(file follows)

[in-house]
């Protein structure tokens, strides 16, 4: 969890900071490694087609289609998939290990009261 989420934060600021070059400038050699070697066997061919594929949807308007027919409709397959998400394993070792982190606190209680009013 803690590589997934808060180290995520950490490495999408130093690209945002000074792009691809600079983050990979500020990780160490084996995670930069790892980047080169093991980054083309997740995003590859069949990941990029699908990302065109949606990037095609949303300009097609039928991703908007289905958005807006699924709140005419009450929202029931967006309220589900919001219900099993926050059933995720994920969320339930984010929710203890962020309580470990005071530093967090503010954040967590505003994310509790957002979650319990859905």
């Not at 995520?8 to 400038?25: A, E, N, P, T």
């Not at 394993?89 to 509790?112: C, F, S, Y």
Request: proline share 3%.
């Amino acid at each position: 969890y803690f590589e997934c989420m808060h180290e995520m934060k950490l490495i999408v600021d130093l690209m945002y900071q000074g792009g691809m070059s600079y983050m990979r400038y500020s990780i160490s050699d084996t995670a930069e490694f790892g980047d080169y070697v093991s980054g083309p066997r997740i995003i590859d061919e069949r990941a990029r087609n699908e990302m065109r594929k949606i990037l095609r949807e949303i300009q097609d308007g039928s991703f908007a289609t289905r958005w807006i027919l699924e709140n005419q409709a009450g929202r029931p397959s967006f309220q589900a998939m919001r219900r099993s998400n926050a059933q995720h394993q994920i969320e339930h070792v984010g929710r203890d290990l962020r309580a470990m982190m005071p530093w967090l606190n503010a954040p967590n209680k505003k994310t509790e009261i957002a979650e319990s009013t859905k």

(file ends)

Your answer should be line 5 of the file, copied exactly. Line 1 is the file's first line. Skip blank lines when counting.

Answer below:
Request: proline share 3%.